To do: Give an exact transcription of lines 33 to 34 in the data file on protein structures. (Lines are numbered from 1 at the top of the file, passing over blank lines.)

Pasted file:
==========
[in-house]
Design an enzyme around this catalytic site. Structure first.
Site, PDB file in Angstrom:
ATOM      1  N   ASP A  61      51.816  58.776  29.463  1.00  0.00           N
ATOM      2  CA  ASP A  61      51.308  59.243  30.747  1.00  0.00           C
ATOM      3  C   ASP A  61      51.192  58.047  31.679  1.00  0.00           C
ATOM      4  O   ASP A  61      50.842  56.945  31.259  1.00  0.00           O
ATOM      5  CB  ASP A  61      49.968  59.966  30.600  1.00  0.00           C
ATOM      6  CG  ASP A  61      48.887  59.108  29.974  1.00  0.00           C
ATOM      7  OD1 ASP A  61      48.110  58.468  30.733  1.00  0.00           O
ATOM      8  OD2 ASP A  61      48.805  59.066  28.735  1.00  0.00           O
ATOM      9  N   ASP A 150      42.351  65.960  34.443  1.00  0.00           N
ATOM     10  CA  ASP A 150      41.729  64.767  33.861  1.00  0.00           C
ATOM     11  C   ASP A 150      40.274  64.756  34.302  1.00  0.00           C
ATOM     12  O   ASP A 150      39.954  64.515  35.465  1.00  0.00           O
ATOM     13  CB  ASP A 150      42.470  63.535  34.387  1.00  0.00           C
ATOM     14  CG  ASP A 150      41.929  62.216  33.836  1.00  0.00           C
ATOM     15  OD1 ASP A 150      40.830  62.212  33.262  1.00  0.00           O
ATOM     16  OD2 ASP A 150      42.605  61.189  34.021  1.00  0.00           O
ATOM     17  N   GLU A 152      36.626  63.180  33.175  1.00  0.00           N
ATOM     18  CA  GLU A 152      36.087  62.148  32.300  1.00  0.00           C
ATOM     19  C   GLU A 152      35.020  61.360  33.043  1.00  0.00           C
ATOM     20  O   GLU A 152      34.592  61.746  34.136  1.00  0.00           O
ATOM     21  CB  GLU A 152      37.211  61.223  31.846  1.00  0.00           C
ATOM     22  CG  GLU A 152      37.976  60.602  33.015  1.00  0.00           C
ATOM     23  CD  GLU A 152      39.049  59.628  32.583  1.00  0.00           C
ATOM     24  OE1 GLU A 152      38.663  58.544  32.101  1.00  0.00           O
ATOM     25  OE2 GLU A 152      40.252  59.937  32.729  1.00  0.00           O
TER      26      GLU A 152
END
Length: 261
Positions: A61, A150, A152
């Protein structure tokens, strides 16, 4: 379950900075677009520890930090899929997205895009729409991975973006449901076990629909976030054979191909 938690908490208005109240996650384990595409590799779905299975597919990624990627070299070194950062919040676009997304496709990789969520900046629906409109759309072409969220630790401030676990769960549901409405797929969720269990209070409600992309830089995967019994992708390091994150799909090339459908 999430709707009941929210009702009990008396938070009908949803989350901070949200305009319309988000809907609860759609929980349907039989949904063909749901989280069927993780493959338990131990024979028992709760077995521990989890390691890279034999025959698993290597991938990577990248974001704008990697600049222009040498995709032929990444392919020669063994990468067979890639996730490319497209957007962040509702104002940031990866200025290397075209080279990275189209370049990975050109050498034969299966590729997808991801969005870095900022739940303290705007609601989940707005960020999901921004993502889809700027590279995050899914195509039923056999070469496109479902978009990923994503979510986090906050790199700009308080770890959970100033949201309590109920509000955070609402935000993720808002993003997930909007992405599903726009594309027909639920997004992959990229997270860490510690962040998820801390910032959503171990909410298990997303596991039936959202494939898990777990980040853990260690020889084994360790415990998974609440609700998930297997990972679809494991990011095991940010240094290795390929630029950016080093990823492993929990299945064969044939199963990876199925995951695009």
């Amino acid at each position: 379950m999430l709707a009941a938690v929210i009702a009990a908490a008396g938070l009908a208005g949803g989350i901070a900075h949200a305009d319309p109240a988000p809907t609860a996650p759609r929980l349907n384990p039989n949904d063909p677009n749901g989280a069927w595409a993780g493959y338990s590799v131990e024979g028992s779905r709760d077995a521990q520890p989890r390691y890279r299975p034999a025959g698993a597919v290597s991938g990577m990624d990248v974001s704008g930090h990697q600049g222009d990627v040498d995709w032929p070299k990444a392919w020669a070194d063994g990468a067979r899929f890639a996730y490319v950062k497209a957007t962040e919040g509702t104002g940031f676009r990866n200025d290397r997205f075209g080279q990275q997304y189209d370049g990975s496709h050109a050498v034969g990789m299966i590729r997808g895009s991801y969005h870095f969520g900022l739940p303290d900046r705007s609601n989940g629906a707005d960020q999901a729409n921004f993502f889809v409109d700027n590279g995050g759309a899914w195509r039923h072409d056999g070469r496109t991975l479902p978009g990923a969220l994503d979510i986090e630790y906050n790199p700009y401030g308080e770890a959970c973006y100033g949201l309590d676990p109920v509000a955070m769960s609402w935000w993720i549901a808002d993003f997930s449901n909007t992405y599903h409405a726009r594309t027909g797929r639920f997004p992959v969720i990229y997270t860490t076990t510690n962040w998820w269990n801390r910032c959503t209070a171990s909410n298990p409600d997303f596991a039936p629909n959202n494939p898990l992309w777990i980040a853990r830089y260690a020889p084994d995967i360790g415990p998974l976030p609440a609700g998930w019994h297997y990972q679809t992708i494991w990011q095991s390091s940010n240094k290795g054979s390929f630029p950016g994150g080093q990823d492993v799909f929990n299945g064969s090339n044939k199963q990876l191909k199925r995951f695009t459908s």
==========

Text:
């Protein structure tokens, strides 16, 4: 379950900075677009520890930090899929997205895009729409991975973006449901076990629909976030054979191909 938690908490208005109240996650384990595409590799779905299975597919990624990627070299070194950062919040676009997304496709990789969520900046629906409109759309072409969220630790401030676990769960549901409405797929969720269990209070409600992309830089995967019994992708390091994150799909090339459908 999430709707009941929210009702009990008396938070009908949803989350901070949200305009319309988000809907609860759609929980349907039989949904063909749901989280069927993780493959338990131990024979028992709760077995521990989890390691890279034999025959698993290597991938990577990248974001704008990697600049222009040498995709032929990444392919020669063994990468067979890639996730490319497209957007962040509702104002940031990866200025290397075209080279990275189209370049990975050109050498034969299966590729997808991801969005870095900022739940303290705007609601989940707005960020999901921004993502889809700027590279995050899914195509039923056999070469496109479902978009990923994503979510986090906050790199700009308080770890959970100033949201309590109920509000955070609402935000993720808002993003997930909007992405599903726009594309027909639920997004992959990229997270860490510690962040998820801390910032959503171990909410298990997303596991039936959202494939898990777990980040853990260690020889084994360790415990998974609440609700998930297997990972679809494991990011095991940010240094290795390929630029950016080093990823492993929990299945064969044939199963990876199925995951695009």
């Amino acid at each position: 379950m999430l709707a009941a938690v929210i009702a009990a908490a008396g938070l009908a208005g949803g989350i901070a900075h949200a305009d319309p109240a988000p809907t609860a996650p759609r929980l349907n384990p039989n949904d063909p677009n749901g989280a069927w595409a993780g493959y338990s590799v131990e024979g028992s779905r709760d077995a521990q520890p989890r390691y890279r299975p034999a025959g698993a597919v290597s991938g990577m990624d990248v974001s704008g930090h990697q600049g222009d990627v040498d995709w032929p070299k990444a392919w020669a070194d063994g990468a067979r899929f890639a996730y490319v950062k497209a957007t962040e919040g509702t104002g940031f676009r990866n200025d290397r997205f075209g080279q990275q997304y189209d370049g990975s496709h050109a050498v034969g990789m299966i590729r997808g895009s991801y969005h870095f969520g900022l739940p303290d900046r705007s609601n989940g629906a707005d960020q999901a729409n921004f993502f889809v409109d700027n590279g995050g759309a899914w195509r039923h072409d056999g070469r496109t991975l479902p978009g990923a969220l994503d979510i986090e630790y906050n790199p700009y401030g308080e770890a959970c973006y100033g949201l309590d676990p109920v509000a955070m769960s609402w935000w993720i549901a808002d993003f997930s449901n909007t992405y599903h409405a726009r594309t027909g797929r639920f997004p992959v969720i990229y997270t860490t076990t510690n962040w998820w269990n801390r910032c959503t209070a171990s909410n298990p409600d997303f596991a039936p629909n959202n494939p898990l992309w777990i980040a853990r830089y260690a020889p084994d995967i360790g415990p998974l976030p609440a609700g998930w019994h297997y990972q679809t992708i494991w990011q095991s390091s940010n240094k290795g054979s390929f630029p950016g994150g080093q990823d492993v799909f929990n299945g064969s090339n044939k199963q990876l191909k199925r995951f695009t459908s």